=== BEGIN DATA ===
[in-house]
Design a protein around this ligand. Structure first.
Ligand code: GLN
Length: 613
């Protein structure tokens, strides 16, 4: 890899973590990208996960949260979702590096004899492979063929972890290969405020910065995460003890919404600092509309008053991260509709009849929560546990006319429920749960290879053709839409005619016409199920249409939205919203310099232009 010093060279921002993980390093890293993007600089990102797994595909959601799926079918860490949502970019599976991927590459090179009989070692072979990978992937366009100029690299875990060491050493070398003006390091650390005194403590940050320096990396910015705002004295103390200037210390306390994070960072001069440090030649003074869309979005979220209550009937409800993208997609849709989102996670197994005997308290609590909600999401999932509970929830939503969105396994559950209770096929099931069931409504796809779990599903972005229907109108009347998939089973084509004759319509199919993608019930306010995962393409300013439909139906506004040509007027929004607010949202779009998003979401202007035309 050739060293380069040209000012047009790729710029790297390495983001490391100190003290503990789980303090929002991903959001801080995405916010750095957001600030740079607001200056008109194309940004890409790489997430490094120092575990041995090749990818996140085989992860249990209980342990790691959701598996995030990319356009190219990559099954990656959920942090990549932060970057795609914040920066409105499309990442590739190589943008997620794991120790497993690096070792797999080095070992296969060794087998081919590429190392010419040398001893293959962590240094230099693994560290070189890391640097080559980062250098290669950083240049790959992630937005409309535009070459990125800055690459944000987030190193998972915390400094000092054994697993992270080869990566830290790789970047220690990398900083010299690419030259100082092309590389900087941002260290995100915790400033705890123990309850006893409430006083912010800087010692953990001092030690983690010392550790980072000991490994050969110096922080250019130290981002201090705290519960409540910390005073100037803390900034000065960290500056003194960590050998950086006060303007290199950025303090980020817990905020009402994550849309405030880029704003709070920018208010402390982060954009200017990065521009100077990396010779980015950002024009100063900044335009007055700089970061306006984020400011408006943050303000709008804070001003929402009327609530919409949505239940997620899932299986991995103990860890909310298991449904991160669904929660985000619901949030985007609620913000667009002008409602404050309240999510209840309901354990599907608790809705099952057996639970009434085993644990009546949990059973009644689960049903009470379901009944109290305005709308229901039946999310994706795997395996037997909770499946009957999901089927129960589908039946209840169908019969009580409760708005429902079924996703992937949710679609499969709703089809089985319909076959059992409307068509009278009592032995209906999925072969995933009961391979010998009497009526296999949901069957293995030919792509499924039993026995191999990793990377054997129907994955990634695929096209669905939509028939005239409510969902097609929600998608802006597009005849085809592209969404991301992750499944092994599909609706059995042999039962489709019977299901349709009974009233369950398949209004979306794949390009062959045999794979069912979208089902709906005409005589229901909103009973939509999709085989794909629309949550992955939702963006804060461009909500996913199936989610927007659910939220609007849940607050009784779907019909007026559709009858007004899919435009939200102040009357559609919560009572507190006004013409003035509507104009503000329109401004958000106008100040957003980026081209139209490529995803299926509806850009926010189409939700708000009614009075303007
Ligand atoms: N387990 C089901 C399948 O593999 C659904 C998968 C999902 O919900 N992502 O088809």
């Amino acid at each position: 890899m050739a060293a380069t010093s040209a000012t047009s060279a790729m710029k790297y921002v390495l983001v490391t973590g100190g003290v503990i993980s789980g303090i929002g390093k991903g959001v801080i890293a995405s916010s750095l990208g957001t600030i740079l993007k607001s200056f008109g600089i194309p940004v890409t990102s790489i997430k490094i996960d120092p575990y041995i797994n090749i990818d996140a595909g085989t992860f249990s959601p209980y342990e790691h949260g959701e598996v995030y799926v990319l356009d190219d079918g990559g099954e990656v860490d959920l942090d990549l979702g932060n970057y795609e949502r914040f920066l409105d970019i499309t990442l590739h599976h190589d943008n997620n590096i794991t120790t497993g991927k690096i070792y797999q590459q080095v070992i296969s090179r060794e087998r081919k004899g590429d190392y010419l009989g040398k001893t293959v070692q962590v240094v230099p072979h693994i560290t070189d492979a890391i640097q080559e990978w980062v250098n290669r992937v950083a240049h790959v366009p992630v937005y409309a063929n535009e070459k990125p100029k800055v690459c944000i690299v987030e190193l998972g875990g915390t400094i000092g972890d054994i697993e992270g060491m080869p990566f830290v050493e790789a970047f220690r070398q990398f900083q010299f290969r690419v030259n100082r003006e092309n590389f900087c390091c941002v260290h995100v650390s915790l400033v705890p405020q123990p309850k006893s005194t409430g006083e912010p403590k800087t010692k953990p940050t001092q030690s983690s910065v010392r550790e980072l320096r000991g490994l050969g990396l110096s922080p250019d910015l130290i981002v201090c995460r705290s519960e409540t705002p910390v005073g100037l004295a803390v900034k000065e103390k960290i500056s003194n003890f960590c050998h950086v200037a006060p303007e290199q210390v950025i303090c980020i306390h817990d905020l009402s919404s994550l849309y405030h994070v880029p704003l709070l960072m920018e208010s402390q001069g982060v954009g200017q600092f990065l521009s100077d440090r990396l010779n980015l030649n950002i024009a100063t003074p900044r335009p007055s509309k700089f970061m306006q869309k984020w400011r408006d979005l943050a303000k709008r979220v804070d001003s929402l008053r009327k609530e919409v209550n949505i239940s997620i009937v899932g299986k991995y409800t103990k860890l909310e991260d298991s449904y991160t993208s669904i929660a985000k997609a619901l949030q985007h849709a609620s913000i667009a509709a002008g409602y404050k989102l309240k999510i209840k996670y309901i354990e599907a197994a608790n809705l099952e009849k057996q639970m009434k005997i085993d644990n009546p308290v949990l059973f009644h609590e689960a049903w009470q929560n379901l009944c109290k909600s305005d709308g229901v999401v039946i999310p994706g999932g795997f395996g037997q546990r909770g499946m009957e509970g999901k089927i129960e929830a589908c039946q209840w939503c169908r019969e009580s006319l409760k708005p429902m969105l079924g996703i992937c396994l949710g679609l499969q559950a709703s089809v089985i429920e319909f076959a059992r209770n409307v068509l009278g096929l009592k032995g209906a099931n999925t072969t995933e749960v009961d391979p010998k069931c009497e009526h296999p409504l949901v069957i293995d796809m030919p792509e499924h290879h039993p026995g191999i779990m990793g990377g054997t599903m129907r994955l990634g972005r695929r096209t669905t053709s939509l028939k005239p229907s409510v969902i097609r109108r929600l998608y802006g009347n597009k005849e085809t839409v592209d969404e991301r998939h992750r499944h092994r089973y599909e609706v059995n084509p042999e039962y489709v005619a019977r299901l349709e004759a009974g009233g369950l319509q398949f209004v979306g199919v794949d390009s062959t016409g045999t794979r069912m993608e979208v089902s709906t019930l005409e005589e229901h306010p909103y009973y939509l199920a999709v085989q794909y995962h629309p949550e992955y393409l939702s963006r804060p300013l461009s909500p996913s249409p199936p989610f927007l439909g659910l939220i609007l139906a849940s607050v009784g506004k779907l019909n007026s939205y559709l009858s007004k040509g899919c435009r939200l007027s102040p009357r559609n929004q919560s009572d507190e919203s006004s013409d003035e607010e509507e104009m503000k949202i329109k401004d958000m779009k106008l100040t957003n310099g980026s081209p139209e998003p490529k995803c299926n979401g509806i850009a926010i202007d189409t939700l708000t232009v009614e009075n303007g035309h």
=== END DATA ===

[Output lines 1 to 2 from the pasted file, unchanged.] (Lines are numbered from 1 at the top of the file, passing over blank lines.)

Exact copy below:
[in-house]
Design a protein around this ligand. Structure first.